Tropical Medicine Masterclass

Anton Breinl Centre, James Cook University, Townsville, QLD,  11th June, 2010

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  1. Introduction to arbovirus infections. Tim Inglis
  2. Helminth infections. Richard Bradbury
  3. Trypanosomiasis in Australia. Rick Speare
  4. Rickettsial Diseases. Steven Graves
  5. Travel-related diarrhoeal disease. Sanatu Chatterjee

Introduction to arbovirus infections [full lecture here]

Helminth infections. R Bradbury, University of Tasmania

Helminths infections have been evident since early recorded history.

  1. adult male previously resident overseas, with Fascioliasis
  2. adult male from Darwin with Paragonimiasis
  3. adult refugee ex Africa with Schistosomiasis
  4. child in Mauritius with Bartiella
  5. elderly adult from Hobart with cutaneous larva migrans
  6. adult from Tasmania with Haycocknema myositis

Trypanosomiasis in Australia. R Speare, James Cook University

So far there have been only 4 cases of Trypanosomiasis reported in Australia, but the number is likely to increase due to the arrival of African refugees and increased travel by Australians to African game parks. There are key differences between East and West African Trypanosomiasis in the course of infection, tests used and most effective treatment. However, available laboratory tests are insensitive and all drugs used to treat Trypanosomiasis are toxic. The overlapping geographic distribution of East and West African Trypanosomiasis in Uganda will increase the diagnostic challenge. South African Trypanosomiasis or Chagas’ disease has a different clinical presentation and treatment.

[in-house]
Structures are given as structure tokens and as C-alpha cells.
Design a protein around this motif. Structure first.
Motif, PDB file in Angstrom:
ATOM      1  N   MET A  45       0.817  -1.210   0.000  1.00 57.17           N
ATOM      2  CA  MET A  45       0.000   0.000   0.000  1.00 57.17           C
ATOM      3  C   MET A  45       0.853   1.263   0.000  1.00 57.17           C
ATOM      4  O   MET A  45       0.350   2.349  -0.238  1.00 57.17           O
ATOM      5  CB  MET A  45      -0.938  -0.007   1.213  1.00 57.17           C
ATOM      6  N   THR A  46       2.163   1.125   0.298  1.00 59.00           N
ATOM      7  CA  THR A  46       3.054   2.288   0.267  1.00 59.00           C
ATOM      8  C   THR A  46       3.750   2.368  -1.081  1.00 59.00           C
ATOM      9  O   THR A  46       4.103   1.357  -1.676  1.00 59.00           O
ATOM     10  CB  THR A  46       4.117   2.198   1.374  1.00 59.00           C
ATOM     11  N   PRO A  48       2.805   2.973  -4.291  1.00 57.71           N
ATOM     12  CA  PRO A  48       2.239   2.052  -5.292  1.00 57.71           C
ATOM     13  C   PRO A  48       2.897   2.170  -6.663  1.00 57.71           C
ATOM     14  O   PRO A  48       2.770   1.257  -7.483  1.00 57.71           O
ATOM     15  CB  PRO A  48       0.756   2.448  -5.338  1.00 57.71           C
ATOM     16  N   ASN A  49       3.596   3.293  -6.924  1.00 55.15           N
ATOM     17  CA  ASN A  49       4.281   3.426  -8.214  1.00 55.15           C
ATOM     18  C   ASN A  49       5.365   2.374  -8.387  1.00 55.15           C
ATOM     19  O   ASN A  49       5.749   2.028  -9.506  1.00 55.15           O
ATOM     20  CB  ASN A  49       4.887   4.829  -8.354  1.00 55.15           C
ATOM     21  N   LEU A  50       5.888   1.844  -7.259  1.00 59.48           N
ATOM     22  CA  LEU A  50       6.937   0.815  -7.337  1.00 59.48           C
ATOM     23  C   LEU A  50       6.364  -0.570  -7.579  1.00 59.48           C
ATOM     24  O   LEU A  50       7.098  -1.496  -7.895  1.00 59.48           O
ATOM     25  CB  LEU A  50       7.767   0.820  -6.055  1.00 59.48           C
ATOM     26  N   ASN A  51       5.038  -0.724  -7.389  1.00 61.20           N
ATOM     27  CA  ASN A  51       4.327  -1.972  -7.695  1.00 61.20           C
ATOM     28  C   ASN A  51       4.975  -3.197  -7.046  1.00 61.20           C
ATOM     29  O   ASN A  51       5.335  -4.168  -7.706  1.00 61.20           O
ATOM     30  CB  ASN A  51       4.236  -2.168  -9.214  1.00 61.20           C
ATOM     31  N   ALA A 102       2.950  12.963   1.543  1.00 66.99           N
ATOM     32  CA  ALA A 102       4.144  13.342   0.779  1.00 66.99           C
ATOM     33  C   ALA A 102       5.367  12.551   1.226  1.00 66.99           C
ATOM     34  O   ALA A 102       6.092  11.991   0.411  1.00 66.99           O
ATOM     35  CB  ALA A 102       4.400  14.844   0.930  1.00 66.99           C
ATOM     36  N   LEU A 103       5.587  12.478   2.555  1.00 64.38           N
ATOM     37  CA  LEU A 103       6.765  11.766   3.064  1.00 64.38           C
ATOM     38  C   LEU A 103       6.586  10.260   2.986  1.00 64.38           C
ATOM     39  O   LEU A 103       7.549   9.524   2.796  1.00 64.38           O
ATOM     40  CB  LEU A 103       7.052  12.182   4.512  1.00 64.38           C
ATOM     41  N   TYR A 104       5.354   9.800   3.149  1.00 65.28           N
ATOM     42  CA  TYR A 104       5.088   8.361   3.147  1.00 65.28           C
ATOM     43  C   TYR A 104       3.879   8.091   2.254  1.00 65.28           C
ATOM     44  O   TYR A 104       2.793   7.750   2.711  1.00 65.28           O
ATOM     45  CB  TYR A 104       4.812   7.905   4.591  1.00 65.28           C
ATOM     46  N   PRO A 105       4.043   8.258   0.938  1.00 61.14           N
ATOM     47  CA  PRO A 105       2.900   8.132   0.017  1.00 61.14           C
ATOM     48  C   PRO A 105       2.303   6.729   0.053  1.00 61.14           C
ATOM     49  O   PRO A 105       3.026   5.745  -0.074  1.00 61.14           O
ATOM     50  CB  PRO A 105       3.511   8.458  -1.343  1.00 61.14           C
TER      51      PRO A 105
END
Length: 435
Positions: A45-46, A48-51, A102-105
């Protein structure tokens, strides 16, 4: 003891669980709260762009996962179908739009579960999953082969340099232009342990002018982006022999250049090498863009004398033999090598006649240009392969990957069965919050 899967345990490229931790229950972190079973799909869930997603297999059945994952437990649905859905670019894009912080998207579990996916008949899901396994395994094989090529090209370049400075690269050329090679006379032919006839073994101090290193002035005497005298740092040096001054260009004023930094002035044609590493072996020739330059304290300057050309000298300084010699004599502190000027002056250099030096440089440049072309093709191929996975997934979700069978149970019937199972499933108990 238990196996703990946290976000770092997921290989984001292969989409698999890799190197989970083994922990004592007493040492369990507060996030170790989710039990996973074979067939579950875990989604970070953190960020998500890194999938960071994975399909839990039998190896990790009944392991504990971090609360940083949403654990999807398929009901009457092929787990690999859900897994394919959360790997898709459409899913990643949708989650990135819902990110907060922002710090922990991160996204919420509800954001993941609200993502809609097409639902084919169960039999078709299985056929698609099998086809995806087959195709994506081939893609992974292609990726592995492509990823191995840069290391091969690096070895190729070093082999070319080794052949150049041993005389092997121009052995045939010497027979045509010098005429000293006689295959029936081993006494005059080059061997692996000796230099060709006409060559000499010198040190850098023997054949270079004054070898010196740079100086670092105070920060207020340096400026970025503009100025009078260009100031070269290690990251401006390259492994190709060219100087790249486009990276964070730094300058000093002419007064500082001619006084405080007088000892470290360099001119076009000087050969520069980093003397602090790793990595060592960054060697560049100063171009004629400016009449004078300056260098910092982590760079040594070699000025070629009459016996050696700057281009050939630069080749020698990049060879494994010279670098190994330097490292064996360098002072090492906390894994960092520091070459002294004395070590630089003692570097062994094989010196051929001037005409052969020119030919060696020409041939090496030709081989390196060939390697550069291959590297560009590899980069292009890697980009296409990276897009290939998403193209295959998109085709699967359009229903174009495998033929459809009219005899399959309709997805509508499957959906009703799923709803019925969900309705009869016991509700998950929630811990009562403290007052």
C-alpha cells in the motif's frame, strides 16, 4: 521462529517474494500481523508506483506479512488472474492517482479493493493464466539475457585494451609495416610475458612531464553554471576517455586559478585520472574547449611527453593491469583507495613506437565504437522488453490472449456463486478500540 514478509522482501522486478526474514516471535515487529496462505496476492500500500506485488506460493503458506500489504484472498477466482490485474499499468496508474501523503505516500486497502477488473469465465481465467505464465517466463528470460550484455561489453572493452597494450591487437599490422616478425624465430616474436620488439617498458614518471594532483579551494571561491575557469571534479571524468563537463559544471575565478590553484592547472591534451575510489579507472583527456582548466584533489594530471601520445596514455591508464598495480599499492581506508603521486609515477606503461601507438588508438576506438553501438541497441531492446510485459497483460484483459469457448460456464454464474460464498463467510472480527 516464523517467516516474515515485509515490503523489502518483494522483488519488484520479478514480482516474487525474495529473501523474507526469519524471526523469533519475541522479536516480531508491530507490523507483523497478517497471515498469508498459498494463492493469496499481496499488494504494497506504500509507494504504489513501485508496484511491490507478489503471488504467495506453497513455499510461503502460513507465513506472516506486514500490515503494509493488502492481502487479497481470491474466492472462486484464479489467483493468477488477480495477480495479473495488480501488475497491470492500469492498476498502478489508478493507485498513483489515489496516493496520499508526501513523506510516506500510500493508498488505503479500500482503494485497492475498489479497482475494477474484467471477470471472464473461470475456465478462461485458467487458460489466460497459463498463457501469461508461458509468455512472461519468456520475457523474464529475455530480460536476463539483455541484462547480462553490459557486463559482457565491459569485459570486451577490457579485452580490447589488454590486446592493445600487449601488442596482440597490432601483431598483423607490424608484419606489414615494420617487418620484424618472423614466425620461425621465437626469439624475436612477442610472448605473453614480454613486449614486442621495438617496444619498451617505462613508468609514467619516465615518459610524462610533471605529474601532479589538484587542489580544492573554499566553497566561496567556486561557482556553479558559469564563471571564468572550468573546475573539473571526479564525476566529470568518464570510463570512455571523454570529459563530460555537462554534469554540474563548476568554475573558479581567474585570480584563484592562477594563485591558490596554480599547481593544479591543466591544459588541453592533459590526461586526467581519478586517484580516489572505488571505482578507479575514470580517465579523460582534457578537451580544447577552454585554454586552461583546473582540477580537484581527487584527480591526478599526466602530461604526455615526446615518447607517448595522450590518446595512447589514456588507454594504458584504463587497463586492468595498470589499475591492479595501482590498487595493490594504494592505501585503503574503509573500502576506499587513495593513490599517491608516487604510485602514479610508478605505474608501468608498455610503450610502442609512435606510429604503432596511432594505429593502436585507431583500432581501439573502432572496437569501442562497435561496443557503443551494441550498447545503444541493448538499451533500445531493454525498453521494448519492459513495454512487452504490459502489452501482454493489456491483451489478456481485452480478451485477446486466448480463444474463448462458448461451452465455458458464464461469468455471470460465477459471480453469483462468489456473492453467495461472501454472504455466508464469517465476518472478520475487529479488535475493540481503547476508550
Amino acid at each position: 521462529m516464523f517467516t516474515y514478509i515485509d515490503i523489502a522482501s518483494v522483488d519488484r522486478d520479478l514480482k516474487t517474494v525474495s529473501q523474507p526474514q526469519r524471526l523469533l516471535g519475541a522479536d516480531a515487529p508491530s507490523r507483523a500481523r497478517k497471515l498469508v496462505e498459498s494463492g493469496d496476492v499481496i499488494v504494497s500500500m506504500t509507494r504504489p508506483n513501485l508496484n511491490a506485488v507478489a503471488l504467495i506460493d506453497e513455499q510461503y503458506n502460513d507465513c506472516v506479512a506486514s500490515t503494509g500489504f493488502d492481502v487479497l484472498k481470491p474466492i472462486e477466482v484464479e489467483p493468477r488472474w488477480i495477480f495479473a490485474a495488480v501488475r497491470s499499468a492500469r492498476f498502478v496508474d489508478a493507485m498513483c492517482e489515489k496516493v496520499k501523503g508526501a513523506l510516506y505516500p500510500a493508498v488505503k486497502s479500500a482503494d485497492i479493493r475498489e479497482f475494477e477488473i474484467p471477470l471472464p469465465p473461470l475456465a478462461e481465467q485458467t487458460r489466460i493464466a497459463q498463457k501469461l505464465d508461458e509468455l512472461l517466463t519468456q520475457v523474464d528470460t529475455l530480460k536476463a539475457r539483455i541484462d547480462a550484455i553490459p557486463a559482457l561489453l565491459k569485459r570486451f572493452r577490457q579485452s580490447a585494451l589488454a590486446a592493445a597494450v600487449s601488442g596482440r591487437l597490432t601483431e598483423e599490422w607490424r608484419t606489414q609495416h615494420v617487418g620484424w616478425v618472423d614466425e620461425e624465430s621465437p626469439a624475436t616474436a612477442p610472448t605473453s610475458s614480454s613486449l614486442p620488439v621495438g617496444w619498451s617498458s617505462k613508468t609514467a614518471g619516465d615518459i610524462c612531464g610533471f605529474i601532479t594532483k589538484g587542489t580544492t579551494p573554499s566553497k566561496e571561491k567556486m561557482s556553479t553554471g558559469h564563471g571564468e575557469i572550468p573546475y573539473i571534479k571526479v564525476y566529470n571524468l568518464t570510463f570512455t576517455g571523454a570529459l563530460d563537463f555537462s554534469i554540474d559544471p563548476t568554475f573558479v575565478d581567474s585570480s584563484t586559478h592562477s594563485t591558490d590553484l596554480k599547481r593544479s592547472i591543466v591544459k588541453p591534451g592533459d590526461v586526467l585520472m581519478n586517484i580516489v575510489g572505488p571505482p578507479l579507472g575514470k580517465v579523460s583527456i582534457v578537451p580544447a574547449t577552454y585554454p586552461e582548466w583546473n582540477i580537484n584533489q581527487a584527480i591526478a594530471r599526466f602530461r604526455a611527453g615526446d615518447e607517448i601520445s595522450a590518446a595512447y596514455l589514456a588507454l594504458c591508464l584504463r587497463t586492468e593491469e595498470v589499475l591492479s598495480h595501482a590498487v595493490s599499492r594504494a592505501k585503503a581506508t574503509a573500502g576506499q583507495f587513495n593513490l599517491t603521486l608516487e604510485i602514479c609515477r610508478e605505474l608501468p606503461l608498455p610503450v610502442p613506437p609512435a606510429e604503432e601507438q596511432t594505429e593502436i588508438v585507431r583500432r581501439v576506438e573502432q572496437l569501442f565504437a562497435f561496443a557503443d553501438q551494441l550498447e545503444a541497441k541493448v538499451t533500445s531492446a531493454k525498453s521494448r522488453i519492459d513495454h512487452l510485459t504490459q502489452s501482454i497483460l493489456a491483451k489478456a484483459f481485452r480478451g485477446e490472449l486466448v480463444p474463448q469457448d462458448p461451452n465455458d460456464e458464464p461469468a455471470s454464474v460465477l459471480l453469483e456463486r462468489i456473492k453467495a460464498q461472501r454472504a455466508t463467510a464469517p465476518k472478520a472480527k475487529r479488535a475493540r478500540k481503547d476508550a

Rickettsial Diseases, S Graves, Hunter Valley, NSW.

There are four groups of diseases caused by the small, obligate Gram negative bacteria that make up the rickettsias. These are Q fever, the spotted fever group, the typhus group and scrub typhus. The key step in arriving at a diagnosis of one of these diseases is to think of rickettsias in the first place.  Epidemiological clues include working in an abattoir, going on safari in Africa, or bush walking. Some but not all patients may have an eschar.  Lab investigations need to be done in a centre with rickettsial expertise and include nucleic acid assays (PCR) or serology. PCR is better during the initial stage of an acute infection, while serology is better after time has passed to develop an antibody response. Micro-immunofluorescence is considered a reference standard serological method.

Traveller’s diarrhoea. S Chatterjee, Kolkota, India

There are an estimated 80,000 cases of traveller’s diarrhoea per day and the condition is top of the travel-associated risks list. However, expatriate residents have almost the same rate of diarrhoeal disease as local people. If a thorough laboratory investigation is conducted, 80% will have a pathogen identified. Almost all international travellers make a food or drink mistake in the first 72 hours of a trip. Common causes are faecal contamination of food, water and drinks, or poorly cooked seafood. In India the attack rate is more than 50%.  Antibiotic use for TD is being re-evaluated. Co-trimoxazole and doxycycline are largely obsolete.  Bismuth and probiotics appear to be ineffective.  Ciprofloxacin works in the majority of cases. Rifamaxin is under active consideration. However 55% cases will resolve spontaneously. On prevention, oral cholera vaccine is useful and has added benefit of prevention of toxogenic E.coli infection.

Comments

  1. notes on Tropical Medicine Masterclass — Micrognome: Tropical Medicine Masterclass 2010: arbovirus infections, hel… http://bit.ly/alwIF3

  2. Ha, was trying to figure out how Haycocknema looks like and found this! Amazing!

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